The heat was up to two to three degrees above normal and it really exceeded anything we had seen in the past. One way to think about the warm blob was to look at it as a climate change stress test. The range of temperatures that we observed during the blob are in the temperature range that are expected under certain climate change scenarios. And these climate change scenarios are out into the future, several decades out. But we were able to experience or see how our ecosystems would respond if those climate change scenarios actually panned out.
(John Sheehan)
So, this was something that you hadn’t planned on seeing for years and years in the future. And suddenly it was happening right in front of you.
(Doctor Cisco Werner)
Indeed. And the mechanisms may be different for how this kind of warming can take place. Warming can take place; global warming meaning an overall warming of conditions. In this case we believe that the blob was a result of change in atmospheric circulation patterns. And that’s what made it special here in terms of creating conditions over this three year period that in some ways mimicked what could happen over longer periods under more gradual warming.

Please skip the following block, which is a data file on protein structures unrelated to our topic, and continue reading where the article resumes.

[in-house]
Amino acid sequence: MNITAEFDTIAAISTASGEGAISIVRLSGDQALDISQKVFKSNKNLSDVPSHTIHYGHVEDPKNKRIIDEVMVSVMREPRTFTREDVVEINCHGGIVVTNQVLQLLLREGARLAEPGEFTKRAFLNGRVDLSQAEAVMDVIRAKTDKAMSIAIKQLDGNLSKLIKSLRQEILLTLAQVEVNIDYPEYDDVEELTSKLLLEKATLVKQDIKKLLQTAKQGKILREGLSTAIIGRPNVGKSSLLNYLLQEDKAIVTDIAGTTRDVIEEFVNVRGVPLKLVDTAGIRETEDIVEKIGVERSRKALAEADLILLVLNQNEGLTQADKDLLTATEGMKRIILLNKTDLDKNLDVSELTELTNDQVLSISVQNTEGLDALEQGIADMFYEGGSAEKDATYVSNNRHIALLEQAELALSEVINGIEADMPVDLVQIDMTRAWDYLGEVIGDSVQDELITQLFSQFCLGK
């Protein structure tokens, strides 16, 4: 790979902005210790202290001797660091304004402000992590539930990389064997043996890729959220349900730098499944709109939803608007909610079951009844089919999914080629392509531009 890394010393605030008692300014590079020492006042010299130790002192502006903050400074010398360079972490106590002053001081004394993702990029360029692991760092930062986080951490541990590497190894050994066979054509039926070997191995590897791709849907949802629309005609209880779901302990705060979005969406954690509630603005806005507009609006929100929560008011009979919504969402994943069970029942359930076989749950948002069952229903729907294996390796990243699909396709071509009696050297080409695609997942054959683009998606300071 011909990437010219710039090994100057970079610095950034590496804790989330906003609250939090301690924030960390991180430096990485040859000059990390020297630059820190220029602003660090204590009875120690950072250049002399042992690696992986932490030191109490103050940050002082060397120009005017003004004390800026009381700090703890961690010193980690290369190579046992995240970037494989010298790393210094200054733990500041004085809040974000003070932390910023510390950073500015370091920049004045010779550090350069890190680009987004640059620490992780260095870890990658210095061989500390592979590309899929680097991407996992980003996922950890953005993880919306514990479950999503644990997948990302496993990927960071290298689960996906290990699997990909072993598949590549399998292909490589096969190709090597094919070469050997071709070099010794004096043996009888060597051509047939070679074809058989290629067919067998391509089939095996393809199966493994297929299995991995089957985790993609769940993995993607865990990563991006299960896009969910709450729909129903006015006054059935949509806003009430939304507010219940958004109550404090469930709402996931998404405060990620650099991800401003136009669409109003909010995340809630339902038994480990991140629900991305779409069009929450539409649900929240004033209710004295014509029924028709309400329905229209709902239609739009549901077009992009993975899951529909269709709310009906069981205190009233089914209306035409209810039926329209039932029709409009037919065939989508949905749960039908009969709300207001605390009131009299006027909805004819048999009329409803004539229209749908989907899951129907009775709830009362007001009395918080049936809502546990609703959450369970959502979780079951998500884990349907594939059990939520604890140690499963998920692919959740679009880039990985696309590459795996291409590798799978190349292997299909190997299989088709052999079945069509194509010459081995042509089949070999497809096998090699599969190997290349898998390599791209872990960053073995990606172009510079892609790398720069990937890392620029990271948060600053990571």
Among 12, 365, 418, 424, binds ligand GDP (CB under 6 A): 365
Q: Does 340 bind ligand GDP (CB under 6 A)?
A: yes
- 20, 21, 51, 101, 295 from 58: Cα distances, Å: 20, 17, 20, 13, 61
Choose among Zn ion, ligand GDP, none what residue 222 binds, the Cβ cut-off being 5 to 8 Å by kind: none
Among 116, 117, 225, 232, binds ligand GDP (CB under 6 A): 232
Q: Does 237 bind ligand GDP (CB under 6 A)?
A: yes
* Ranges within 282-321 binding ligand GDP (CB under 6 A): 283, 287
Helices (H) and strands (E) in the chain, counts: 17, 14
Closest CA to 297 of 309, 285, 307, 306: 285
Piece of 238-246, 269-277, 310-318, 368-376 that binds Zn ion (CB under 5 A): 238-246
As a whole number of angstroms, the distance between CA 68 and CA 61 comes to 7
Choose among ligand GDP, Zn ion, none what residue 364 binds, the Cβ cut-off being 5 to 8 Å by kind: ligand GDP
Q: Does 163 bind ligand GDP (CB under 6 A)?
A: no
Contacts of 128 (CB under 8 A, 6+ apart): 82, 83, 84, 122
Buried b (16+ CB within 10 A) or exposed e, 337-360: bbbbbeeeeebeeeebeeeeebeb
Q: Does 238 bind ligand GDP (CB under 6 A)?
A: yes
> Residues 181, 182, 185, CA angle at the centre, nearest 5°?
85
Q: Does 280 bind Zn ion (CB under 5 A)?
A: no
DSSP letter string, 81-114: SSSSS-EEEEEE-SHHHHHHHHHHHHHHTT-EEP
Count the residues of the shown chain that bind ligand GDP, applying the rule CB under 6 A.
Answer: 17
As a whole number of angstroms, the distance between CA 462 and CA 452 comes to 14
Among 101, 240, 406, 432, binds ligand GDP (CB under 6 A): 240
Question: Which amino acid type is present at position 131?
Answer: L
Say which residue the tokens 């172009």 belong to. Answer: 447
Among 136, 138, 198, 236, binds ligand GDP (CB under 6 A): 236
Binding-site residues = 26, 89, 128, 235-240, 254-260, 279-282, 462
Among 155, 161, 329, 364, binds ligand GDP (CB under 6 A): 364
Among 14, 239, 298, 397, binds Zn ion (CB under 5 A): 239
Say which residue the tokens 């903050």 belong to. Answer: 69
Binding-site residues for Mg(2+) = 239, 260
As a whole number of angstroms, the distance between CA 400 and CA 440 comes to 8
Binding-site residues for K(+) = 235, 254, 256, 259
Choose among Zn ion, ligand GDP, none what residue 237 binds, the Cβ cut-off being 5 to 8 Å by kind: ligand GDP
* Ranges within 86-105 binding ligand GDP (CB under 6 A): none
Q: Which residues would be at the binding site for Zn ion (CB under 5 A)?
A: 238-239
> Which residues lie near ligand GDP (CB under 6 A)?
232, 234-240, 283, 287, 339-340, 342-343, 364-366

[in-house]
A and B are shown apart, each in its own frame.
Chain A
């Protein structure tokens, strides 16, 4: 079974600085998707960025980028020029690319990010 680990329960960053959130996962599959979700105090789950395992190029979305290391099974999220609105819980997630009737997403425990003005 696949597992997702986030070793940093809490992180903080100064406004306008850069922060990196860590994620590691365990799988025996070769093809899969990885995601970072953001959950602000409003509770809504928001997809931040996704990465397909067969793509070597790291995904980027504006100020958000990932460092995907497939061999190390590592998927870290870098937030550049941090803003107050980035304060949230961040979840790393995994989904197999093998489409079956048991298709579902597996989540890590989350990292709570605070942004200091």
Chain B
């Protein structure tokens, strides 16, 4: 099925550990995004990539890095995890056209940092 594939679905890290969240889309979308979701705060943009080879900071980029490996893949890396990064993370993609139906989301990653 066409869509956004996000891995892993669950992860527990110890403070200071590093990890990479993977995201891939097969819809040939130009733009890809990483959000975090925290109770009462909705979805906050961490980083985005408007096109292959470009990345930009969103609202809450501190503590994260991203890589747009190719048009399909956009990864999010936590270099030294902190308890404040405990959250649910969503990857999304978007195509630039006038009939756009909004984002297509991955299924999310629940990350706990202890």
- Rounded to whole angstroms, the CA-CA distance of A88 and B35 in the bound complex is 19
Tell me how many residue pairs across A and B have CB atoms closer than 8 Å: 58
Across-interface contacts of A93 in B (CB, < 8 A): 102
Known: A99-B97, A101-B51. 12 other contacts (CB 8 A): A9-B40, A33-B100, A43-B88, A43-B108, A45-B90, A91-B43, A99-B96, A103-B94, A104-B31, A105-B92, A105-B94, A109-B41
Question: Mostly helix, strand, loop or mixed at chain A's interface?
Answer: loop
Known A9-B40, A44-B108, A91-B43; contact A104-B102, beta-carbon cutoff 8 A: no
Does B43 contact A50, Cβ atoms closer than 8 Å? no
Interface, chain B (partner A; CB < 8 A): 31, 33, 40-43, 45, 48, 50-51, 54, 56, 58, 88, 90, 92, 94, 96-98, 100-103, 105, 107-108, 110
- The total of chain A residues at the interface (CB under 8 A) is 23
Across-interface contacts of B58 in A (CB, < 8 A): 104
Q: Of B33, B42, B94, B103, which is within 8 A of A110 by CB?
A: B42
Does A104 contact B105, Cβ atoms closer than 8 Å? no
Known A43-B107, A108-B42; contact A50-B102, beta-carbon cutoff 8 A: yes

(John Sheehan)
And just a quick, a quick note on the name. As I understand it, it was called “the blob” because satellite imagery showed this big mass of red sort of from the Bering Sea all the way down the west coast, right?
(Doctor Cisco Werner)
Indeed. Indeed, that’s the case. One of our colleagues, Nick Bond from the Pacific Marine Environmental Laboratory coined the term. And yes, it’s a very conspicuous image that appears in satellite data. When you see this red indicating way above normal temperatures in the satellite maps.
(John Sheehan)

Wow. Are we still experiencing impacts from that blob?
(Doctor Cisco Werner)